Wisconsin Basketball: Game grades for each Badger against Nebraska

The Wisconsin basketball team pulled away from the Cornhuskers of Nebraska in the second half of Wednesday’s contest in Pinnacle Bank Arena, winning 61-48. Despite going ice cold from the field and being down early, the Badgers managed to keep the Huskers winless in Big Ten play. Here’s how each Wisconsin basketball player performed.

D’Mitrik Trice: C+ 

9 PTS, 8 REB, 3 AST, 2 STL

In what has been an up-and-down season for Meech, the Badger point guard once again struggled on the offensive end. Nothing pretty about a 3/14 shooting night. But there’s a reason coach Gard trusts him to play 37 minutes on the road. In an era where pick and roll is the single most common offensive action, few guards in the Big Ten are as adept at containing the ball handler at the point of attack than Trice.

Against Nebraska, Trice looked like a brick wall while holding his Cornhusker equivalent Trey McGowens to 2/8 shooting. Plus, we love a guard that gets rebounds and Meech nabbed eight of them, compensating for some shortcoming from the Wisconsin frontcourt.

Brad Davison: B-

9 PTS, 3 3PFG, 3 STL

With more performances like this one, Davison will surely get back to his old self. A steady hand off the ball and a fearless defender, Davison’s play lead the Badgers early.

He also hit on three of his six three-point attempts, marking the first time since Christmas against Michigan State that Davison shot at least 50% from downtown. The “minus” comes from his suspect weak side help defense.

Tyler Wahl: C-

3 PTS, 4 REB, 2 STL

I am a true believer in “C” being the true average. Wahl was an active presence defensively and made mainly smart decisions with the ball in his hand, he just couldn’t hit Lake Mendota from a boat.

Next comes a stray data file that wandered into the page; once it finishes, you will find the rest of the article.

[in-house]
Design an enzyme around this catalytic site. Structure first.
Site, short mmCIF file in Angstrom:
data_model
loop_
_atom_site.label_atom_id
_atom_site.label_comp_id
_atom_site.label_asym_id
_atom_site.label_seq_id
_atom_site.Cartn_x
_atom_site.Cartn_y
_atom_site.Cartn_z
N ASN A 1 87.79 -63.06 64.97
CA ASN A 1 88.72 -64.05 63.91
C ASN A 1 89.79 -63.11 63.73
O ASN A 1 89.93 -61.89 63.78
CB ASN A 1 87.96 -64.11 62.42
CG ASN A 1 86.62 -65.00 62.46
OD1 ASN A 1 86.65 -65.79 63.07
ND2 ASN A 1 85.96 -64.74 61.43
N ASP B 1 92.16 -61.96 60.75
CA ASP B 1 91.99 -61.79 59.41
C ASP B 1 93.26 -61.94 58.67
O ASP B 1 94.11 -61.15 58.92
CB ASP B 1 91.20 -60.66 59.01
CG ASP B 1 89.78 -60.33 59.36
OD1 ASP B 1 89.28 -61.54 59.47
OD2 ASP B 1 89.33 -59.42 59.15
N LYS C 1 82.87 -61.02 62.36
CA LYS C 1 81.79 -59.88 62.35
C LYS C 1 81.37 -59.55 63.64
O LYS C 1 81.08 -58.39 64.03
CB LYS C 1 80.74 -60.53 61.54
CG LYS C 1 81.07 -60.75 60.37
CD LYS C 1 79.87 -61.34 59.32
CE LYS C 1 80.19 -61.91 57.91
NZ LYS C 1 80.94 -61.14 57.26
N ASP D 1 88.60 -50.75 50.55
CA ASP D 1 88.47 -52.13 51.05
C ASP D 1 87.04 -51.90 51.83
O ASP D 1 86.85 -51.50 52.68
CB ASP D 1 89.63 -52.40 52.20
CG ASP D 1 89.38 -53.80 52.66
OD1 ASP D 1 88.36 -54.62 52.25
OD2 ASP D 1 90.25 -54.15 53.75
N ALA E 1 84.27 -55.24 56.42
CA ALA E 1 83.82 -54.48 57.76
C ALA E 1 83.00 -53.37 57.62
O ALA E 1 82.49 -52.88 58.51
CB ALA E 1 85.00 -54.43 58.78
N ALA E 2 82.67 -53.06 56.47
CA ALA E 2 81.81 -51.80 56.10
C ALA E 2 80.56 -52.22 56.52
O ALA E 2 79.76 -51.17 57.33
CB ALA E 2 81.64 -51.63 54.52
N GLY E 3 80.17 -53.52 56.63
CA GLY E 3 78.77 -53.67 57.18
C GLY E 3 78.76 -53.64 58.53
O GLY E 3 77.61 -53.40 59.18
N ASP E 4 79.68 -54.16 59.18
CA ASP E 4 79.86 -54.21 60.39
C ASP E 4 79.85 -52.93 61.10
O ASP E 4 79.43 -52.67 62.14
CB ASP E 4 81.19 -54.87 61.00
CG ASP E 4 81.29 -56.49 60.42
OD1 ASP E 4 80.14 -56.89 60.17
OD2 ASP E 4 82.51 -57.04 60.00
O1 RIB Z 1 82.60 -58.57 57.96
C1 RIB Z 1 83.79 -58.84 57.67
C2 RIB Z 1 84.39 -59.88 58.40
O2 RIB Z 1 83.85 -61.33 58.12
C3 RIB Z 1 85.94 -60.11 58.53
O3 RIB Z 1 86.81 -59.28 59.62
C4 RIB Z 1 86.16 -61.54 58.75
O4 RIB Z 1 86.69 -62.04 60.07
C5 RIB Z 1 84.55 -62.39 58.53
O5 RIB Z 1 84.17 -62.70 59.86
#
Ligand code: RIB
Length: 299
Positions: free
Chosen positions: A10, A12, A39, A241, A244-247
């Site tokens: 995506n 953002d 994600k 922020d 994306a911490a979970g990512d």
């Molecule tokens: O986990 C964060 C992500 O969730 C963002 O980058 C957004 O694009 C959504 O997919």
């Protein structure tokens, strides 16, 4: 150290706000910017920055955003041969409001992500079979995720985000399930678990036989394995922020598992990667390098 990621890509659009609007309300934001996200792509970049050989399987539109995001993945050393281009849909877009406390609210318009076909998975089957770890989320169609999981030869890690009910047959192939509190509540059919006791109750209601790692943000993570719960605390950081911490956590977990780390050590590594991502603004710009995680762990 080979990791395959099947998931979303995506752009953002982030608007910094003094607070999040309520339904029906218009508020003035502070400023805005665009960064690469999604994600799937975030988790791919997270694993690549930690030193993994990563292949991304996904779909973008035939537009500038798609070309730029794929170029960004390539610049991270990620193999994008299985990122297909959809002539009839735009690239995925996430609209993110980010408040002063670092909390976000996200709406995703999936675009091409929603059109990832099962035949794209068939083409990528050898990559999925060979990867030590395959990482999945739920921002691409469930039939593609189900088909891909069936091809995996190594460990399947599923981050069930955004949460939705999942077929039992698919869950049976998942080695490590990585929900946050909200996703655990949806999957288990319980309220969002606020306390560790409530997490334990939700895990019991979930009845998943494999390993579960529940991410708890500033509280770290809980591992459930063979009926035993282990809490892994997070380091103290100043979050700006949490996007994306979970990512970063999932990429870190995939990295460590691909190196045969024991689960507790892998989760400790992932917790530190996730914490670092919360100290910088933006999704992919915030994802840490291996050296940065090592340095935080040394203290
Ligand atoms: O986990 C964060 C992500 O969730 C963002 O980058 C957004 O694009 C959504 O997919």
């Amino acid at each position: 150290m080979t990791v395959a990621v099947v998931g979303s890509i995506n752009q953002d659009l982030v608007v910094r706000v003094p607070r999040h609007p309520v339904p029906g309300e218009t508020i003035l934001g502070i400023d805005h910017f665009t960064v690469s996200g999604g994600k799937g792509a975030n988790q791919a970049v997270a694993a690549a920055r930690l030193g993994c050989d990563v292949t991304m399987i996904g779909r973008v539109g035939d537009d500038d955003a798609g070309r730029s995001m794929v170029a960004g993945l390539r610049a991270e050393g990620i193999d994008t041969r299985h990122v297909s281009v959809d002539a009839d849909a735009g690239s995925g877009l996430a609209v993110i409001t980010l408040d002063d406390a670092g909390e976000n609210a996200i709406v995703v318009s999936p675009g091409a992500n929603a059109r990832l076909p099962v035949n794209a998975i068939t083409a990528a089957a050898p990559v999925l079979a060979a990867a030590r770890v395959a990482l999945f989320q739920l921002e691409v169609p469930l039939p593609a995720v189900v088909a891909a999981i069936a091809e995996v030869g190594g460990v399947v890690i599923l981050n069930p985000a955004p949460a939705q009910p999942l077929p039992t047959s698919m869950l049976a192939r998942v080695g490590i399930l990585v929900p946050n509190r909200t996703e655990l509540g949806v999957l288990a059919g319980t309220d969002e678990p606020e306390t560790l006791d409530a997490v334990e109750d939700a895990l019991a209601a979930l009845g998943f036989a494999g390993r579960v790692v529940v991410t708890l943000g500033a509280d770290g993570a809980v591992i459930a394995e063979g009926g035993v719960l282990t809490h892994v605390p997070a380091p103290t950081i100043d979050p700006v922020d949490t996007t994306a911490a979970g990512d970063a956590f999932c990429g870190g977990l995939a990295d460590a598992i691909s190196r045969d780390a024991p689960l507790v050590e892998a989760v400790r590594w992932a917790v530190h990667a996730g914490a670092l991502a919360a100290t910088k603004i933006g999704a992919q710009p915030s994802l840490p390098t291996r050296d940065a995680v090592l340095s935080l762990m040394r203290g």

Had the Wisconsin basketball team been playing Michigan or Iowa (as they will multiple times in the coming weeks), a one-for-eight shooting slump would be less excusable, but nonetheless, Wahl did his part in keeping the Huskers winless in conference play.

Aleem Ford: C+

9 PTS, 4 REB

Ford can be so infuriating to watch because his obvious potential never seems to be maximized. An electric three-pointer from the wing as time wound down in the first half set the tone for a dominant second 20 minutes.

But between the lines, Ford missed bunnies on the inside and continued to settle for jump shots. Getting rejected at the rim by two Huskers doesn’t do wonders for the highlight real either.

Nate Reuvers: B-

8 PTS, 5 REB, 1 BLK

Reuvers got the start over Micah Potter and seemed to secure his spot after his performance against Nebraska. A missed chip shot to start the second half seemed to take the air out of the ball for the Badgers, but he still finished with eight points in the flow of the offense.

More importantly, he demonstrated great defensive positioning in the pick-and-roll. Reuvers is as streaky as a shooting guard on offense but his defense travels.

Micah Potter: D

5 PTS, 2 REB, 1 BLK

Potter looked like a fish out of water in his first non-start appearance of the season. The Huskers figured out that if you double-team him on the block, his decision making becomes clouded. In this game, he was clearly flustered.

The porous defense is to be expected with Potter at the five and when he isn’t contributing offensively, justifying starter minutes becomes impossible.

Trevor Anderson: B-

8 PTS, 2 REB, 2 3PFG

After wetting a transition three as the trail man, color commentary Shon Morris snuck in that Trevor Anderson has been shooting an asinine 59% from three-point land this season. Granted, this is on one attempt per game but Anderson is trending in the right direction. After going two-for-three last night and providing a Cirque Du Soleil level layup, it’s clear that Anderson’s activity affects winning basketball.

Jonathan Davis: B

10 PTS, 3 REB, 2 STL, 1 BLK

Every Johnathan Davis minute is in is a breath of fresh air. His concise, two-dribble-attack rhythm is one of the most potent weapons in the Wisconsin basketball offense. He led all Badgers in scoring with 10 and consistently put pressure on the Nebraska defense on the inside. It wasn’t his 17-point burst against Penn State, but Davis was nonetheless potent offensively.

Steven Crowl: N/A
Joe Hedstrom: N/A
Carter Higginbottom: N/A
Carter Gilmore: N/A